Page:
Monroe County School Bus Driver Careens Down Ravine, Charged With DUI

From today’s Beckley Register-Herald:

School bus driver faces DUI charge

Union man arrested after mishap involving 11 kids

Christian Giggenbach
Register-Herald Reporter

State Police arrested a Monroe County school bus driver Tuesday and charged him with DUI after his bus, carrying 11 students, careened down an 120-foot ravine before coming to rest upright over a small creek.

Monroe Schools Superintendent Lyn Guy told The Register-Herald no children were injured in the 7:20 a.m. accident and all were rescued by EMS responders who built a rope line along the steep embankment.

Clyde Watson Jr., 62, of Union, was charged with DUI with minors in a vehicle, according to a criminal complaint filed by Sgt. J.L. Cooper.

Watson, a 14-year school bus driver, was arrested at the scene prior to being transported to Greenbrier Valley Medical Center in Fairlea. He was later was released from custody after posting $1,000 bond in Monroe Magistrate Court.

The criminal complaint said Watson registered a preliminary blood-alcohol content of .022 at the accident scene.

“The defendant was not tested on the intoximeter due to the elapsed time of first contact with an officer,” Cooper said. “However, blood was collected at Greenbrier Valley Medical Center.”

Results of Watson’s blood tests were unknown Tuesday and Cooper could not be reached for comment.

“In his statement, the defendant advised that he had felt ‘funny’ just before the accident,” Cooper said. “He also advised that he had taken Nyquil last night.”

Although the legal limit for driving under the influence is .08, state laws allow police to charge drivers with DUI who have lower BAC levels. Monroe Prosecutor Rod Mohler could not be reached Tuesday for clarification concerning Watson’s arrest and whether there are special circumstances when minors are in the vehicle.

State CDL laws require licensed drivers to be under .04 BAC while driving, according to State Code.

Guy said Watson has been suspended from his job pending the resolution of the DUI charge. She noted he previously had a spotless record for 14 consecutive years as a bus driver. A phone number for Watson could not be found in several telephone directory listings.

If convicted, Watson faces two days to 12 months in jail and up to a $1,000 fine.

Guy said seat belts are not required on school buses, but the heavily padded seats may have contributed to the children’s safety.

“None of the kids had a scratch on them,” Guy said. “The padding on the seats are heavy and kids complain about them at times because they are so tight to get into.”

The accident occurred on Highland Park Road, about two miles from U.S. 219, Guy said.

“Apparently, Mr. Watson over-corrected the steering after running off the right side of the road during his morning bus route,” she said. “The bus left the one-lane road, taking out a telephone/power pole, traveled over 120 feet down an embankment and then came to rest upright at the bottom of a ravine.”

Guy said no injuries were reported from the students, ranging in age from 5 to 16, or Watson. The first person at the scene of the accident, Guy said, was the father of two of the children on the bus. The parent was driving to work when he stopped after noticing the downed telephone pole.

“The parent went down into the ravine and got on the bus with the children and checked them out,” Guy, who was unable to identify the parent, said. “He checked out the kids and everyone seemed to be fine.”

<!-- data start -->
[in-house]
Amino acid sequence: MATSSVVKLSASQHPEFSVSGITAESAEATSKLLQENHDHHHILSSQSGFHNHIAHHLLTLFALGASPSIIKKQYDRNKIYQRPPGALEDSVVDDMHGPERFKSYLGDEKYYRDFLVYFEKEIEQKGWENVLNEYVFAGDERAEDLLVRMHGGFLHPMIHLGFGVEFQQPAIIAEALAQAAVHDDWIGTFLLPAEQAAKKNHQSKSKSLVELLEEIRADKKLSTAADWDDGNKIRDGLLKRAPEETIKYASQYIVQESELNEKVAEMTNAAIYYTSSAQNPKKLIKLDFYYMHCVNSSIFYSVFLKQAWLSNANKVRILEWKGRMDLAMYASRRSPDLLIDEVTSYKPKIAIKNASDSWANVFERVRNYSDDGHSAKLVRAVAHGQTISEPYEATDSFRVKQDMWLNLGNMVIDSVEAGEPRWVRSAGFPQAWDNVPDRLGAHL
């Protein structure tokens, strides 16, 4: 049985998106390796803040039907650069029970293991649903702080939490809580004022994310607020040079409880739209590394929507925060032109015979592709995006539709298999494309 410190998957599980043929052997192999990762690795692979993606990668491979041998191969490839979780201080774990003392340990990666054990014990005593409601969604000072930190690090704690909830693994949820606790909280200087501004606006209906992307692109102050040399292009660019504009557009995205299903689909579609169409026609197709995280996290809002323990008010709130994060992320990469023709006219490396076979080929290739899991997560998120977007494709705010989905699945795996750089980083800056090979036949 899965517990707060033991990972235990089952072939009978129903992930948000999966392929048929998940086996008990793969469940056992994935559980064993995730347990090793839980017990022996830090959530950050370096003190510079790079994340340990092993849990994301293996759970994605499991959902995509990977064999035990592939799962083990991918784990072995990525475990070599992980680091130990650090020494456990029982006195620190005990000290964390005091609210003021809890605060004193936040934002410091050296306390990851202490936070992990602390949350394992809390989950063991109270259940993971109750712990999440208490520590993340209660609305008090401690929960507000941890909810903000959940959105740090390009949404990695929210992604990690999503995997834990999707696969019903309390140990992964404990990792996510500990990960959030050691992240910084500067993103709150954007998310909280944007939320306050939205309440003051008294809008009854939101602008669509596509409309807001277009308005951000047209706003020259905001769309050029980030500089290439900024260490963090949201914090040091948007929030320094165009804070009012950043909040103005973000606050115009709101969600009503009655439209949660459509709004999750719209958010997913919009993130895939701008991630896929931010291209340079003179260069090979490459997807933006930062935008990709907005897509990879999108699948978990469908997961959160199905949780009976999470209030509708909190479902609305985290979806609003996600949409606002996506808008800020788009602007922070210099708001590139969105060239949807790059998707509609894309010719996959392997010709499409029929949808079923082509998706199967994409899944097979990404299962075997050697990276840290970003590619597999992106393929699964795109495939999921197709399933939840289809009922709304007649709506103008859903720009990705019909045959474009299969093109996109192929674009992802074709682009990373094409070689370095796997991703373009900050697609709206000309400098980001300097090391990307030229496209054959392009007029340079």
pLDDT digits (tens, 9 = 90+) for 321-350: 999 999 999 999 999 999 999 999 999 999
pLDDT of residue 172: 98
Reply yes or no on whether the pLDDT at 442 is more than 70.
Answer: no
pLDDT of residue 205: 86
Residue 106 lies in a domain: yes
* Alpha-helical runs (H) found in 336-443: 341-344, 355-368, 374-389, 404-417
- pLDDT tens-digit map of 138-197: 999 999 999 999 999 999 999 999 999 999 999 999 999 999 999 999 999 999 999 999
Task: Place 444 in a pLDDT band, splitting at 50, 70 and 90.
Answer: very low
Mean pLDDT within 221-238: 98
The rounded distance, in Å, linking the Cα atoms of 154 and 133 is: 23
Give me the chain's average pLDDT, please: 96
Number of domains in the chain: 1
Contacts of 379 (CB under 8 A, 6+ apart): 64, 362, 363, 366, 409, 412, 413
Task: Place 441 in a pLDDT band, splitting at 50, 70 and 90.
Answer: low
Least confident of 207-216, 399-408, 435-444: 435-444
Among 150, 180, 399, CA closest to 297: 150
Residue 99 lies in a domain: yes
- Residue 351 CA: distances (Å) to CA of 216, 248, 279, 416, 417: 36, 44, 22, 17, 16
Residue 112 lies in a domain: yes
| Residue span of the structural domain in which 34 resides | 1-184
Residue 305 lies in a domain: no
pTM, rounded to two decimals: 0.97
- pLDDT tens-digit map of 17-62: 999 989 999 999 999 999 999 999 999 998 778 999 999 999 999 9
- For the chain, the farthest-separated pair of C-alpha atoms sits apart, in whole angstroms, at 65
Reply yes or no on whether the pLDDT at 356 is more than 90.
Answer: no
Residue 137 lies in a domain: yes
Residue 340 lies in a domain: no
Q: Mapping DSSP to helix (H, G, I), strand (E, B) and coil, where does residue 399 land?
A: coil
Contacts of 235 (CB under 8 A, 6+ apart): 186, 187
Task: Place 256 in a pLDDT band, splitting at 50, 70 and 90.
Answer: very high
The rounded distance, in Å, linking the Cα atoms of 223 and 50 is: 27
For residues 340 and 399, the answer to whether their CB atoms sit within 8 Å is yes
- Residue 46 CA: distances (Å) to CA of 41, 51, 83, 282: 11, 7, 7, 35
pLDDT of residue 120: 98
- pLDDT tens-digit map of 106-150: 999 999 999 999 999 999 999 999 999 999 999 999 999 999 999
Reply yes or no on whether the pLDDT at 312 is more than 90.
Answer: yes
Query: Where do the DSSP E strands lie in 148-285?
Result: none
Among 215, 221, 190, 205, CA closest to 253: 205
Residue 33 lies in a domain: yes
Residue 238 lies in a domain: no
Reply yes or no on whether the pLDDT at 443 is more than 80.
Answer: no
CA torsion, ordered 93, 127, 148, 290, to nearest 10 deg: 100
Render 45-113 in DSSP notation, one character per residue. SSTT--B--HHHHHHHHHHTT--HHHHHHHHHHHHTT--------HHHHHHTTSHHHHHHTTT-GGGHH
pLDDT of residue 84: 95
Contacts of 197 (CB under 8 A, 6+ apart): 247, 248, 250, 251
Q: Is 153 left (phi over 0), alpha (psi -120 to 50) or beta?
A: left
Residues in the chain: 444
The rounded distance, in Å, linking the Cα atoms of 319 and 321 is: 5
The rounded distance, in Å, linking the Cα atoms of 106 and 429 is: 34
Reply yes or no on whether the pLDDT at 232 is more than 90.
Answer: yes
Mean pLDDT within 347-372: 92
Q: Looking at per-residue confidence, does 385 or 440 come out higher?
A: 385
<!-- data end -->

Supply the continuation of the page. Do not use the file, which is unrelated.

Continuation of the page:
Guy said the bus came to rest with its front wheels across a small creek. Prior to the rescue, Allegheny Power crews responded to the scene because of the downed, live power lines. The rescue could not take place until power was cut to the downed lines, Guy said.

Ronceverte Fire Chief Jody Campbell said more than 30 emergency responders aided in the children’s rescue and subsequent bus recovery. The Union and Ronceverte fire departments, Union Ambulance, Greenbrier County Ambulance, state and county police all aided in the rescue effort, he said.

“First we went in and cut a trail with power saws and we were able to get the children and they walked out of the bus under their own power,” Campbell said. “We constructed a hand rail with the ropes and individually escorted everyone up the rope line and the steep embankment.”

The children were then loaded onto an awaiting school bus and transported to Greenbrier Valley Medical Center, he said.

“Within an hour and a half, all victims from the bus were transported to the hospital,” Guy said.

Campbell said the bus was not recovered from the ravine until about 2 p.m., and that required the assistance of two large wreckers. The bus sustained heavy damage to its front end and a broken windshield, he said.

The bus was transported to the county’s bus lot, where it will stay until state inspectors review it, Guy said.

Note: Fortunately none of the children were hurt that we know of. However, many car accident injuries do not appear at first. So it is possible that some of the children were injured and have not realized it yet. In these instances it is important to get checked out by the doctor or at the emergency room if there are any signs of possible injuries – such as unusual pain. If there have been injuries in this situation, the driver will most likely be liable, but the real defendant will be the school – and therefore the State of West Virginia (and thus there would be adequate insurance). – John H. Bryan, West Virginia car accident attorney.

See UPDATE here.

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